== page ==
The Spur

Hopes of adventure sink following Sea of Thieves’ release

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Imagine becoming a pirate. Sailing the sea, looking for treasure, putting together a crew and engaging in ship-to-ship combat and other grand adventures. All of this and more was promised in Sea of Thieves, an open world pirate adventure game for the Xbox One and PC. Except that there isn’t more. The sea may be deep, but the gameplay here is pretty shallow. Everything that I listed earlier is everything that you do. Over and over again.

This isn’t to say that there aren’t positive aspects to the Sea of Thieves. The graphics are wonderful. I’ve never seen an ocean in a video game that looks so warm and inviting, and sailing through the sea with your friends can be a lot of fun.

The ship controls are also very good. Everything about actual sailing is there, from steering and navigating to manning the anchor and masts, and it’s a lot of fun to work with a cooperative crew to get your ship to its destination. Just drifting around for hours exploring has been by far my favorite part of the game. It’s obvious that fine-tuning the actual mechanics of sailing in this game were big priorities for the game’s developer, Rare.

Once you’ve gotten past the initial awe of how good the sailing is though, you begin to realize how little there actually is to do in this game. There is no end-game or sense of progression to this adventure. You can complete several types of missions, such as finding treasure, delivering goods, and collecting bounties, all of which reward you with gold. But each is just the same mission in a different location, over and over.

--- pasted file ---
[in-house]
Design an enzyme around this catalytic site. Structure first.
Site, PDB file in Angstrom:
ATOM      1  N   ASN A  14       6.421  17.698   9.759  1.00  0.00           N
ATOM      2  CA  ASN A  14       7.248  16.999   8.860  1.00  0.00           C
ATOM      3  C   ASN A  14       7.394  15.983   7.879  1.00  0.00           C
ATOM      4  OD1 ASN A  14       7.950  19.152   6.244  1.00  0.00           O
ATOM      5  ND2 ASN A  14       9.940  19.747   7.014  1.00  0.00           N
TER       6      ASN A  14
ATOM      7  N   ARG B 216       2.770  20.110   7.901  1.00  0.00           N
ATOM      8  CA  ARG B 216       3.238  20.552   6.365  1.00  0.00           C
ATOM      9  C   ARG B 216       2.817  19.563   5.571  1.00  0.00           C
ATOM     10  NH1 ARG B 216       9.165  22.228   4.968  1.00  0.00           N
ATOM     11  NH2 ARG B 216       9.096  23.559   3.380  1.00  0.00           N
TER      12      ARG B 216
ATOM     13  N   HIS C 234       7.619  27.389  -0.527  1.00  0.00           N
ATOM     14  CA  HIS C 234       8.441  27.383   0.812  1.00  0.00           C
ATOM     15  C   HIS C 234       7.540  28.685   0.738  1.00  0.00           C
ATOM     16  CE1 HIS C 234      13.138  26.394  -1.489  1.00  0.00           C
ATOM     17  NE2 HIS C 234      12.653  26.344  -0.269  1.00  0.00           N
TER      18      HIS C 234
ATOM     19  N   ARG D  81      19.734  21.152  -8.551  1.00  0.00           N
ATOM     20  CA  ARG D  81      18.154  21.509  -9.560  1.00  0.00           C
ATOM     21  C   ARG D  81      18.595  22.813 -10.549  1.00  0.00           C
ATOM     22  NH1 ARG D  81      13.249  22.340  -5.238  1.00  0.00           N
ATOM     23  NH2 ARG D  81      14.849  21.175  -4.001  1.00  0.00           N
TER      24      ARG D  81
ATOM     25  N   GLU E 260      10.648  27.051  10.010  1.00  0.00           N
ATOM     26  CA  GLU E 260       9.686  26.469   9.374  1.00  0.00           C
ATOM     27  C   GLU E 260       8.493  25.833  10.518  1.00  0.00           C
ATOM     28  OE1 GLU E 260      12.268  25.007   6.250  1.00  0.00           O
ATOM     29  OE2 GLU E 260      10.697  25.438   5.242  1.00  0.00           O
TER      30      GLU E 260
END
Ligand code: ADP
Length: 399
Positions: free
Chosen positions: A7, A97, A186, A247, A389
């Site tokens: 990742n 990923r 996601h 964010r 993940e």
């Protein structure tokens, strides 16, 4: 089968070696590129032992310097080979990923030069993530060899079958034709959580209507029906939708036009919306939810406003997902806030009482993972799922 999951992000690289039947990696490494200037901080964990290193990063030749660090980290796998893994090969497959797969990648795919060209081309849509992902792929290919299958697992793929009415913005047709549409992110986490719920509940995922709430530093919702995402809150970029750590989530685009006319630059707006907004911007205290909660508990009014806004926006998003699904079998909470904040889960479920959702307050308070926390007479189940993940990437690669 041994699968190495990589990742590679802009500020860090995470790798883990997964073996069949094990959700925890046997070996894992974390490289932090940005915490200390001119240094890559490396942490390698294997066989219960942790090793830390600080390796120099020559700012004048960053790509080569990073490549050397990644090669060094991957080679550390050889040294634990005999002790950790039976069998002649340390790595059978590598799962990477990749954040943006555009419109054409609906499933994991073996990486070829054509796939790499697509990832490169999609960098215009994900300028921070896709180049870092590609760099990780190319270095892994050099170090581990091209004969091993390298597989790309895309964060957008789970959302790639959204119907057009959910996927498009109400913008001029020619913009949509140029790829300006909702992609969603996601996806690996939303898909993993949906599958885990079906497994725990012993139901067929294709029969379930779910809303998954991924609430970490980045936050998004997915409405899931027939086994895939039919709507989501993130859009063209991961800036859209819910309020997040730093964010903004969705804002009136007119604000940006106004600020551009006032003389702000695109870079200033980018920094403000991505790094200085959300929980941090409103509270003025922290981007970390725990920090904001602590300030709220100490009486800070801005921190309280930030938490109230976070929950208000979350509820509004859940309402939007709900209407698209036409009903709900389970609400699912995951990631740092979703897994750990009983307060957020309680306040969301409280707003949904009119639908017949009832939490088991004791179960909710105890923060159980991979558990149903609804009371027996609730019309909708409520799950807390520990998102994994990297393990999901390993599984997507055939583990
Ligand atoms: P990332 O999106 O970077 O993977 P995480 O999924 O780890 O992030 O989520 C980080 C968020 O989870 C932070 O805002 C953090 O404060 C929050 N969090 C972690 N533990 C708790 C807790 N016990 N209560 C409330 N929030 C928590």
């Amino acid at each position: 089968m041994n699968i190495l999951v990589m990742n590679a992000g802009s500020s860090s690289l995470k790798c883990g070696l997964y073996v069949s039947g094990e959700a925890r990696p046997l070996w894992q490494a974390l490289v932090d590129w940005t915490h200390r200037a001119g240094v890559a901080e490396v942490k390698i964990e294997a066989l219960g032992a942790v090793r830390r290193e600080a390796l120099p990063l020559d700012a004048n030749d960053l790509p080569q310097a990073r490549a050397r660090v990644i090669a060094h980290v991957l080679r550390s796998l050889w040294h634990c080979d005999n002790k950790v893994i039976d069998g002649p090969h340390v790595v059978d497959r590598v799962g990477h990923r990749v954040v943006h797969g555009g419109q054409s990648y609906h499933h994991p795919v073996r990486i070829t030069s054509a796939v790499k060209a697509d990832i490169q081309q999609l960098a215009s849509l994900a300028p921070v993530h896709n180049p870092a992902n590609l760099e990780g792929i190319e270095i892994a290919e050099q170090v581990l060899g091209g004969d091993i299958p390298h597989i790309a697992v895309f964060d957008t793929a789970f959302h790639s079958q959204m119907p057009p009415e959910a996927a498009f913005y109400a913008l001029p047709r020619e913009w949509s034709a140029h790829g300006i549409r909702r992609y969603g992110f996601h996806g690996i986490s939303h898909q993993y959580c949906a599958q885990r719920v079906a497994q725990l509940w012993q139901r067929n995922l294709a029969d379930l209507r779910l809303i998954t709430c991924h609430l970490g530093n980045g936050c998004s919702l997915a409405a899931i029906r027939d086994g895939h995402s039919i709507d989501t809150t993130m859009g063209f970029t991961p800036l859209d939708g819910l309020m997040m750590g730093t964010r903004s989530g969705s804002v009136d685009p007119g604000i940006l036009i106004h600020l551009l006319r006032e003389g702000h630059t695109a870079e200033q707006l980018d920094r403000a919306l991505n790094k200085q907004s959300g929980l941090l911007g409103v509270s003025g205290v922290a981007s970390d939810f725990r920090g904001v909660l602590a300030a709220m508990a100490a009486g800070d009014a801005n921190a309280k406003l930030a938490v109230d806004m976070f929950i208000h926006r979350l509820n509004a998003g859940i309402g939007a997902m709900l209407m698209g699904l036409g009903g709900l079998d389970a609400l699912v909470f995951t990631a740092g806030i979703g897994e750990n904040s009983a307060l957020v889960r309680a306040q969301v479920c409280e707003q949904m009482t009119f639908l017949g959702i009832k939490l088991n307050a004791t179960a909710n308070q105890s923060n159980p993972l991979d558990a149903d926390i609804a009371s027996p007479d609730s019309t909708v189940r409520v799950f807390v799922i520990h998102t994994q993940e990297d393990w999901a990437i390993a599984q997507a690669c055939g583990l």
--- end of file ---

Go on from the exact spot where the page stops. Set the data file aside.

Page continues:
Everything that you can unlock with this gold is purely cosmetic, which allows for newer players to not be completely outclassed by their more experienced rivals in terms of gear, but it also makes the game feel hollow and doesn’t provide much incentive to keep playing.

The player versus player interactions themselves also share this hollow atmosphere. The main problem with them is that they aren’t rewarding. The only way that you can get anything out of sinking an enemy ship is if they have just completed a mission and are returning to port, and this is usually a very small window of opportunity. Some amount of gold or another reward for sinking another crew’s ship would go a long way toward heightening the stakes. After all, everyone in this game is a pirate, so why wouldn’t the game reward you for acting like one?

I guess the big question that you should ask yourself before buying this game is, “what do I hope to get out of this?” If the answer is an immersive open world experience that you can pour hundreds of hours into without getting bored, look elsewhere. However, if you’re just looking for a fun and casual game to pick up every now and then with some friends, this will suit you fine. My hope is that future updates to Sea of Thieves will add a lot more content, because the game does have potential. But as of now, a pirate’s life this ain’t.

   2.5 out of 5 Spurs.

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Hopes of adventure sink following Sea of Thieves’ release